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Mazda will change its ad strategy with its new ad agency for the U.S. and Canada, W.B. Doner & Co., Southfield, Mich.

For the past couple of years, the troubled Mazda North American Operations employed the same price-oriented national advertising for its retailers' use on spot TV. That will change, according to executives close to Mazda who requested anonymity.


Mazda's next round of national ads is expected to be a blend of branding and product, while regional dealer commercials will be retail oriented. Doner's first work will probably be to launch the new Miata, due next spring.

"Doner demonstrated to us in a competitive review that it had the ideas and firepower to get Mazda the share of voice that we want and need to succeed in the highly competitive North American market," said President-CEO Richard Beattie in a statement last week after the surprise selection.

Doner topped Ogilvy & Mather, Los Angeles, and GSD&M, Austin, Texas, to win Mazda's $240 million national and regional dealer group account.

Mr. Beattie and the rest of the 12-member agency review panel voted before he left for Japan Oct. 19, executives said.

Mr. Beattie showed the agency proposals to his boss, Henry Wallace, president of Mazda Motor Corp. in Japan.

Mr. Beattie wasn't available for comment at press time.


Ad industry watchers believed early in the review process that O&M would be the heavy favorite due to its current work for Ford Motor Co. and Ford subsidiary Jaguar. Ford owns a third of Mazda.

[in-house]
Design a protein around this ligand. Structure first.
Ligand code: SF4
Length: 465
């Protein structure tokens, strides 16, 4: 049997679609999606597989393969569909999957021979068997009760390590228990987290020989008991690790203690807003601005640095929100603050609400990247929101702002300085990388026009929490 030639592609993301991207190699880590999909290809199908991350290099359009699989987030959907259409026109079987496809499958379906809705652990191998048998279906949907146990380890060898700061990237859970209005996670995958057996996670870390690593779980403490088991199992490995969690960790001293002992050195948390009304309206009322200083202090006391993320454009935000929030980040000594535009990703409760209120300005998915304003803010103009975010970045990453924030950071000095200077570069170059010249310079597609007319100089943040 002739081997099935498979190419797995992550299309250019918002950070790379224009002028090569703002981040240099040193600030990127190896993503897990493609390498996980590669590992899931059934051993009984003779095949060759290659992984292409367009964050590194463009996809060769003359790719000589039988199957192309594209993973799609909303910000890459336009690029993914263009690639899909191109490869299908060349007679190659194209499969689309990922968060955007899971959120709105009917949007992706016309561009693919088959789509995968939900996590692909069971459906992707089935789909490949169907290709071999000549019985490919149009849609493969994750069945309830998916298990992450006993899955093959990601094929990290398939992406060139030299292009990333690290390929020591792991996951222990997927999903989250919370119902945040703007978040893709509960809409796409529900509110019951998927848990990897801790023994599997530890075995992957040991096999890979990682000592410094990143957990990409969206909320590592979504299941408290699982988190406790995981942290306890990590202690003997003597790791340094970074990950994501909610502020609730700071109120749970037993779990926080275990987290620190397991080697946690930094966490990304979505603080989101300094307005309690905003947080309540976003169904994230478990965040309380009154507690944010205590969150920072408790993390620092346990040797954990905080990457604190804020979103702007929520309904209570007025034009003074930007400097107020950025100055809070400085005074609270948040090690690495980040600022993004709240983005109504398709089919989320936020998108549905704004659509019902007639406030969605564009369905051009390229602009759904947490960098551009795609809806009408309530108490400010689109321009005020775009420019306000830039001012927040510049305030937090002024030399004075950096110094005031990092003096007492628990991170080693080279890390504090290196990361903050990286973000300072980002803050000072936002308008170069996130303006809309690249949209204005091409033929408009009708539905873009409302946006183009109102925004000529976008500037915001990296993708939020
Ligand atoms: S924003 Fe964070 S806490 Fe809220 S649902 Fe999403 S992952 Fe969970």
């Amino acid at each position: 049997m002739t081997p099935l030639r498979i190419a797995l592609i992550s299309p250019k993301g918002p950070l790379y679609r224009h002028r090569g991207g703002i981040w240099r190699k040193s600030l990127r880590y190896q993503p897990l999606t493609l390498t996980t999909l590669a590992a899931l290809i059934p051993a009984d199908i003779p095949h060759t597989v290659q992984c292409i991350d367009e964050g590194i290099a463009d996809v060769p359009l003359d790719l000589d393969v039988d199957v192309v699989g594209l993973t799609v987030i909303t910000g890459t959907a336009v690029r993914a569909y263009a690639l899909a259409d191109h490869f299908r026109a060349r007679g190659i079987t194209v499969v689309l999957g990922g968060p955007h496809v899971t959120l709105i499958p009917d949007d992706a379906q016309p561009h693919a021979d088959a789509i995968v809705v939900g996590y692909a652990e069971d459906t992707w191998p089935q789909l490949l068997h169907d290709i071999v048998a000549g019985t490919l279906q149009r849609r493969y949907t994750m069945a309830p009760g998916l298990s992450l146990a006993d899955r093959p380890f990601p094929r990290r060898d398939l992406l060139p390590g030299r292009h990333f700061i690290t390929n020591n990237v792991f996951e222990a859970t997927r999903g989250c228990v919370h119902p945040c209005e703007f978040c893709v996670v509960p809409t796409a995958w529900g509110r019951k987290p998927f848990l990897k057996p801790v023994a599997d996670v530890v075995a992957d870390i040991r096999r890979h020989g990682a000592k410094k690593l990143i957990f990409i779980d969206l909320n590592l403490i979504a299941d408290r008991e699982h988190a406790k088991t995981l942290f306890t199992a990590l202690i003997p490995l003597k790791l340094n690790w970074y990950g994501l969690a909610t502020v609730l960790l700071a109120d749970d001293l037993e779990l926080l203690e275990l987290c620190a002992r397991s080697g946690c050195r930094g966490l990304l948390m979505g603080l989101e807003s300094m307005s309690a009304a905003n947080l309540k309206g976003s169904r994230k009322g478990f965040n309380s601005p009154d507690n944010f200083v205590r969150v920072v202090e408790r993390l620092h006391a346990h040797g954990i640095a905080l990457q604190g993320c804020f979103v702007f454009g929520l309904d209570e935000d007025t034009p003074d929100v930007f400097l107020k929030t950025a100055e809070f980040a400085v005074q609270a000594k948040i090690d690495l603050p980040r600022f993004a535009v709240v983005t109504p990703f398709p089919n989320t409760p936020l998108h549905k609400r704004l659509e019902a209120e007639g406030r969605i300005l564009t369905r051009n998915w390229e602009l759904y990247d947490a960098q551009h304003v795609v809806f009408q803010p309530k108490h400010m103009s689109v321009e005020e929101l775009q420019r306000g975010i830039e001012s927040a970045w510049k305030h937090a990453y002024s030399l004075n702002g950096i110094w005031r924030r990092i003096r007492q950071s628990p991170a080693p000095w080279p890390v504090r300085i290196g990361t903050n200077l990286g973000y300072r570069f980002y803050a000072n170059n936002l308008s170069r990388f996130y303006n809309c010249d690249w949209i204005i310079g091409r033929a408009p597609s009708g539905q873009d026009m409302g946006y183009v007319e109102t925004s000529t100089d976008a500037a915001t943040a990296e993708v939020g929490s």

But Mr. Beattie earlier denied O&M would have an edge (AA, Aug. 11).

O&M executives said its presentation to Mazda was brand oriented and included a recommendation to use the pricey Millenia sedan for what the industry calls a "halo car"-to spill Millenia's luster over the rest of the brand and lift the other models' images.

But the review panel didn't agree with that strategy, according to the executives close to Mazda. O&M got an undisclosed number of votes from the review panel, and "it was very close between Doner and GSD&M," one executive said.

What put Doner over the top was its current experience on six large regional Ford Division dealer accounts and its network of offices, the executive said.


Doner will open an office in Irvine, Calif., near Mazda's North American base, said Alan Kalter, Doner CEO. He said he's not sure how many other offices Doner will need to service the regional dealer groups.

In addition to suburban Detroit, Doner also has a dual headquarters in Baltimore and offices in Boston, Cleveland, Dallas, London, Montreal, Tampa and Toronto.

The agency estimated its 1997 billings before the Mazda win at $575 million.

"We made a decision we were not going to do any show-business" gimmicks for the presentation, Mr. Kalter said. "We opted for a very serious business meeting.

About 100 staffers in Doner's Detroit-area office worked on the presentation, and other offices kicked in, too. The shop called every Mazda dealer in North America-just over 1,000-to get their point of view and to understand the brand and its buyers, he added.

"I guess it paid off," he said.


Incumbent Foote, Cone & Belding, Santa Ana and San Francisco, Calif., handled Mazda's new fall corporate branding campaign and the launch ads for its 626 sedan and B-Series truck.

The new branding commercials position Mazda as different and not for everyone. There may not be any radical changes in the branding strategy because that was developed from within.

"Doner has the creative talent to build on this excellent launch advertising," Mr. Beattie said.

Mazda has been trying to clarify its muddy image and halt sliding sales.

Sales started slipping in 1995, the year after annual U.S. sales reached a near-record 375,416 vehicles.

Sales were just 238,285 in 1996 and were off 8% through September this year to

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